I think it was 1985 when Cheri and I last gave each other Christmas presents. They actually weren’t surprises – we gave each other Seiko watches, very nice and almost elegant.
Then, 1986 came along. No, it wasn’t a pandemic or a major earth shaking event. It was, however, the fall when son #1, Aaron, was born. Like most parents, we knew without a shadow of a doubt that he would be the most brilliant and talented child to ever be born, which became true, along with his younger brother, Adam… but with the task of growing a newborn without either an instruction or technical service manual, we quickly found most of our waking hours (which when you have a baby that likes to eat about every 90 minutes, it means you have a LOT of waking hours) were used up in caring for this new, cute little tyrant that had been placed in our arms. I did manage to get Cheri a birthday present for December 13, but as we sped along, sleepless in Grand Forks, we finally admitted to each other that we already had received our best Christmas present about three months earlier, and we could just skip it for that year.
Then came 1987. We actually began to get more than three hours of sleep in a row, but we also discovered the cost of feeding, clothing, diapering – such diapering! – and more became the single largest expenditure in our budget. Did I mention cute tyrant? As we got close to Christmas that year, even though we had a little time, we had no money. So, we came up with a plan: we would get each other stocking stuffers for Christmas – funny, silly, and cheap little toys and such, and we would take the pressure off of having to buy things we couldn’t afford. Of course, that didn’t stop us from buying Aaron his Christmas presents…
In 1988, apparently we each came down with baby amnesia, and so we decided to bring a new little cute tyrant into the world. December found Adam, and we re-entered the world of no sleep, and even less money. We then decided it was much more fun to buy the boys presents to open, and for us to just give each other stocking stuffers. For the past 31 years, that’s what we have done. We actually have bins full of funny – now probably quite collectible – children’s toys that we now plan to pull out to entertain grandkids, when that day ever happens, after we add two girls to our family.
It’s really been fun, and maybe the silliest thing we do all year. It also has eliminated the stress of finding each other that “perfect” gift, especially when Cheri’s birthday is 12 days from Christmas, and mine is 20 days on the other side.
Except that this year came. This year, full of things that no one should have to experience, came and sat right in our laps, and changed so much of what we would easily do. The Walmarts, Targets and Fleet Farm giant stores had all been places where we could go and easily find the stocking stuffers up and down the toy aisles. This year, however, instead of a fun little outing, it became a downright burden, with masks and not standing too close to anyone, and on and on. Not even to mention that apparently, everyone went Christmas shopping in September, so when we got around to putting on our hazmat suits and ventilators and triple gloved coverings, the toy aisles looked like they had been obliterated by a hoard of evil children or evil parents. We couldn’t hardly find anything cool, and what we did find was not funny nor fun.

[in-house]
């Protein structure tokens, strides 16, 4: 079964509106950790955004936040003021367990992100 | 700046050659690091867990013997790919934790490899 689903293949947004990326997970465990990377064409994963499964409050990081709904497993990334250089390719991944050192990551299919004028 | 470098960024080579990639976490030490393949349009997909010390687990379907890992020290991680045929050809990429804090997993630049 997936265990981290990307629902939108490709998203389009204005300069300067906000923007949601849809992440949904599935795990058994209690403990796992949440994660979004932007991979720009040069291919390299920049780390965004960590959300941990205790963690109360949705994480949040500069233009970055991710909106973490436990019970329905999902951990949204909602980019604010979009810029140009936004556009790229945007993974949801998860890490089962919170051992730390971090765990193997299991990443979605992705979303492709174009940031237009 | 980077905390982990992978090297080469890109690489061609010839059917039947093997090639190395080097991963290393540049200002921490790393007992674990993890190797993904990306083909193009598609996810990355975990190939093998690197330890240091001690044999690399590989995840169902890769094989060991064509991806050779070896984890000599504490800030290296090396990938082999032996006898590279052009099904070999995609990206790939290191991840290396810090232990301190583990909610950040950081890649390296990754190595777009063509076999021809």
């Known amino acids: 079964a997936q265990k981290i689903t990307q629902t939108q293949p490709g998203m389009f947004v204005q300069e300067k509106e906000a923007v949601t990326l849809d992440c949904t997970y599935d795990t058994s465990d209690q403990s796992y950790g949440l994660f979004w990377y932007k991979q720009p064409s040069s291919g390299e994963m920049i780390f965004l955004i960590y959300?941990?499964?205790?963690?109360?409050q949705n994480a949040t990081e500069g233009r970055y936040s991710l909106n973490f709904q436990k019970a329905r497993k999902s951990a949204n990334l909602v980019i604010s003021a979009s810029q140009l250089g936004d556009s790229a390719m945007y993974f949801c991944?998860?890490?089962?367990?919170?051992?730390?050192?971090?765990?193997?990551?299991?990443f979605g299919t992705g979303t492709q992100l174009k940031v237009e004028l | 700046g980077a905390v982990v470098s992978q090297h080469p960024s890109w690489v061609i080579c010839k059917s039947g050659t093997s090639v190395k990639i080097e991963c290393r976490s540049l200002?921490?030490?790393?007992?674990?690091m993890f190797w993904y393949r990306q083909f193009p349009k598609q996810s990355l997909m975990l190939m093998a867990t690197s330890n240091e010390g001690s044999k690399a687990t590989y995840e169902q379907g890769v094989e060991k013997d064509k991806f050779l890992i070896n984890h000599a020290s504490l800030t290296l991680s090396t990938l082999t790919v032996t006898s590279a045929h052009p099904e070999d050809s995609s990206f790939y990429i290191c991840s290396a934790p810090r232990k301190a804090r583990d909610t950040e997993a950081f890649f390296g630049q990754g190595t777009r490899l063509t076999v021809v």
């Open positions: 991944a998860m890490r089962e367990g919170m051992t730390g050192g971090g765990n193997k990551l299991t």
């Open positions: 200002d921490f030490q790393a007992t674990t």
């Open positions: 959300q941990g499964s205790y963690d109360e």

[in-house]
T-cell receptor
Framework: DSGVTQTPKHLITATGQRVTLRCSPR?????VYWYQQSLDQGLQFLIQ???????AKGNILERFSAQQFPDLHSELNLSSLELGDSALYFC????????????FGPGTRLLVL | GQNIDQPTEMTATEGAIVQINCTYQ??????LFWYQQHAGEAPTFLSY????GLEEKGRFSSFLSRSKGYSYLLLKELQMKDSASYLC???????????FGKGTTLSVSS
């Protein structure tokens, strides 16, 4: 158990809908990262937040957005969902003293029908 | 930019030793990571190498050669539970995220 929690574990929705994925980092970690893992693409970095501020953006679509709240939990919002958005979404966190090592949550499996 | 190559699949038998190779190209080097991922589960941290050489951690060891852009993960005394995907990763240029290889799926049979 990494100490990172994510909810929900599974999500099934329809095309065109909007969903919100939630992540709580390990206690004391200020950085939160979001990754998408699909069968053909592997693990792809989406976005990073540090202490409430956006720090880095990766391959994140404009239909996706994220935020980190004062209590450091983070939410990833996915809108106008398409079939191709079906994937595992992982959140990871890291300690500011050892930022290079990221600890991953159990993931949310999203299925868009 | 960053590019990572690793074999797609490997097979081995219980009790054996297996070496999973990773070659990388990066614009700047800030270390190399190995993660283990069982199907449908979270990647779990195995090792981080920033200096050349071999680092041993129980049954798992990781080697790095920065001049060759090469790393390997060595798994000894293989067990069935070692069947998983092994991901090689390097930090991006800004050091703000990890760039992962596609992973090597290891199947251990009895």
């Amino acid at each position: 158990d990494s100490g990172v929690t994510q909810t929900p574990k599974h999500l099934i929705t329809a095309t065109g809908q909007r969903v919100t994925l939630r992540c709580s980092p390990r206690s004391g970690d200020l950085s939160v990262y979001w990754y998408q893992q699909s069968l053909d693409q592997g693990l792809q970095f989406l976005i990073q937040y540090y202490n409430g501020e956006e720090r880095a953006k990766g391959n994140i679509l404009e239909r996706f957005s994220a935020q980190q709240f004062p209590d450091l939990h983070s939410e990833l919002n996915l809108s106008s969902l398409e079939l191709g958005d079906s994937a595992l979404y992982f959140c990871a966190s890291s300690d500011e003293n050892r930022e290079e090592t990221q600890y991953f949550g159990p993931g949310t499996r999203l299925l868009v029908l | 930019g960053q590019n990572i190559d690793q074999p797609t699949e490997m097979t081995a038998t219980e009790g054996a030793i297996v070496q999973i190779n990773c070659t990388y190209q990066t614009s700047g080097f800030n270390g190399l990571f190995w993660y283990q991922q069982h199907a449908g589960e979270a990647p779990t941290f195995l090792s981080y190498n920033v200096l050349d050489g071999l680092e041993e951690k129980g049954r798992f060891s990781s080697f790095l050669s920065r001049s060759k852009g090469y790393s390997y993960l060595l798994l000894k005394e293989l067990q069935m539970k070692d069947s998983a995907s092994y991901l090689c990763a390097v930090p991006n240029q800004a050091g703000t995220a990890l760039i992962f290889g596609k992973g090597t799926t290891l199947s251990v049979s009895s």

Finally, this morning, when Cheri was off work, she asked me during my very first cup of coffee (!) whether we should just get ready and go very early in this morning over to Moorhead to what we have always called the “nice” Target, that usually has some very “nice” stuff, but that we often forget about, since it’s in another state, and takes about a half hour to get to. Contrast that to the Walmart near us, that takes about three minutes, if we hit all the red lights…
Being the kind, nice and generous husband that I am, I didn’t even grumble about the plan – out loud – and so we headed all the way over, got our baskets, and then split up.
Fifteen minutes later, I checked out with a full basket of funny and wonderful stuffers. I’m sure Cheri will be overwhelmed with my choices! I went out to the car, drove it around to the front door of the store (see how nice I am?) and waited another five minutes for my darling to come out and hide her purchases in the back seat.
I am thrilled and happy to announce that, with this morning’s adventure, we now have completed all the shopping we are going to do for this year’s holiday… beside the food we are going to have to buy, but that’s grocery store work.
The moral of all of this is that usually when we are intentional, we tend to become much simpler in our plans. On top of that, with greater simplicity comes a lessening of the burden of complicated and greater anxiety-creating aspects of what should really be fun in the first place. As you find yourself two weeks away from Christmas, I invite you also to work at intentional simplicity as you approach this most wonderful time of the year…
Word for the day: quassation. Pronounced kwah-SAY-shun. Unless you know Latin, you hardly can guess this word’s meaning. Even it’s close cousin, “quash” which means to defeat decisively, doesn’t quite match up. Our word comes from the Latin quassare, which means “to shake.” Even the word “quake” is from a different English root, although it has similar meaning. So, a quassation is the act of shaking, or of being shaken. Why this word today? Well, with Christmas just around the corner, when those packages, boxes and bags get stowed under the tree, the warning you should make to all comers would be, “Now I don’t want to see or hear and quassating going on! This is a quassation-free zone!”
After 43 years of ministry, Randy Cross lived his "fourth life" and shared about retirement, living boldly and intentionally in our world. To be sure, there was some North Dakota thrown in.